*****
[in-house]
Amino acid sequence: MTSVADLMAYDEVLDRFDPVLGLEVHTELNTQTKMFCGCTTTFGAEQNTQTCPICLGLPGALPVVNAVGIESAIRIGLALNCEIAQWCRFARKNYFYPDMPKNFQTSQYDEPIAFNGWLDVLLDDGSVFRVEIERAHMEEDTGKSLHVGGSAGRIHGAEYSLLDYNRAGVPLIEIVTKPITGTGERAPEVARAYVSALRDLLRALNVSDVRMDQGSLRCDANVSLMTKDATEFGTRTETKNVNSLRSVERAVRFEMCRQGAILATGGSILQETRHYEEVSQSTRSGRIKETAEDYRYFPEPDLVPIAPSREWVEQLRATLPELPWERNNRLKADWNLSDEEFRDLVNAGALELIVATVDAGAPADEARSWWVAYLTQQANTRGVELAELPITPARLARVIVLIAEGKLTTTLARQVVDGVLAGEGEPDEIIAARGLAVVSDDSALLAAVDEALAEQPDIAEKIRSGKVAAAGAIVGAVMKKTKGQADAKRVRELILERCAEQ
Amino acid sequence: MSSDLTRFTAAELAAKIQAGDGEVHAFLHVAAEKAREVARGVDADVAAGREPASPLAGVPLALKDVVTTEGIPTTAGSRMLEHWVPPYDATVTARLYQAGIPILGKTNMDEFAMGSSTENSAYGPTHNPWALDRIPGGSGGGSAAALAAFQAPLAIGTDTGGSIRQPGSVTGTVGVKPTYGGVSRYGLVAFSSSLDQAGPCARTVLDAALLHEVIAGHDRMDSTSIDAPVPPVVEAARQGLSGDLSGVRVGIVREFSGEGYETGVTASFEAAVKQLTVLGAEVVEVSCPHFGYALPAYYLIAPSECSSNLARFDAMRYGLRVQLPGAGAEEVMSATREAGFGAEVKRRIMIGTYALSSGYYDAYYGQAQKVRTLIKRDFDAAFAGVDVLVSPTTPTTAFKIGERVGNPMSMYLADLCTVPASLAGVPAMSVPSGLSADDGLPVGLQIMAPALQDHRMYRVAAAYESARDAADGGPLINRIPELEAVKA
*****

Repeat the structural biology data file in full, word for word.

[in-house]
Amino acid sequence: MTSVADLMAYDEVLDRFDPVLGLEVHTELNTQTKMFCGCTTTFGAEQNTQTCPICLGLPGALPVVNAVGIESAIRIGLALNCEIAQWCRFARKNYFYPDMPKNFQTSQYDEPIAFNGWLDVLLDDGSVFRVEIERAHMEEDTGKSLHVGGSAGRIHGAEYSLLDYNRAGVPLIEIVTKPITGTGERAPEVARAYVSALRDLLRALNVSDVRMDQGSLRCDANVSLMTKDATEFGTRTETKNVNSLRSVERAVRFEMCRQGAILATGGSILQETRHYEEVSQSTRSGRIKETAEDYRYFPEPDLVPIAPSREWVEQLRATLPELPWERNNRLKADWNLSDEEFRDLVNAGALELIVATVDAGAPADEARSWWVAYLTQQANTRGVELAELPITPARLARVIVLIAEGKLTTTLARQVVDGVLAGEGEPDEIIAARGLAVVSDDSALLAAVDEALAEQPDIAEKIRSGKVAAAGAIVGAVMKKTKGQADAKRVRELILERCAEQ
Amino acid sequence: MSSDLTRFTAAELAAKIQAGDGEVHAFLHVAAEKAREVARGVDADVAAGREPASPLAGVPLALKDVVTTEGIPTTAGSRMLEHWVPPYDATVTARLYQAGIPILGKTNMDEFAMGSSTENSAYGPTHNPWALDRIPGGSGGGSAAALAAFQAPLAIGTDTGGSIRQPGSVTGTVGVKPTYGGVSRYGLVAFSSSLDQAGPCARTVLDAALLHEVIAGHDRMDSTSIDAPVPPVVEAARQGLSGDLSGVRVGIVREFSGEGYETGVTASFEAAVKQLTVLGAEVVEVSCPHFGYALPAYYLIAPSECSSNLARFDAMRYGLRVQLPGAGAEEVMSATREAGFGAEVKRRIMIGTYALSSGYYDAYYGQAQKVRTLIKRDFDAAFAGVDVLVSPTTPTTAFKIGERVGNPMSMYLADLCTVPASLAGVPAMSVPSGLSADDGLPVGLQIMAPALQDHRMYRVAAAYESARDAADGGPLINRIPELEAVKA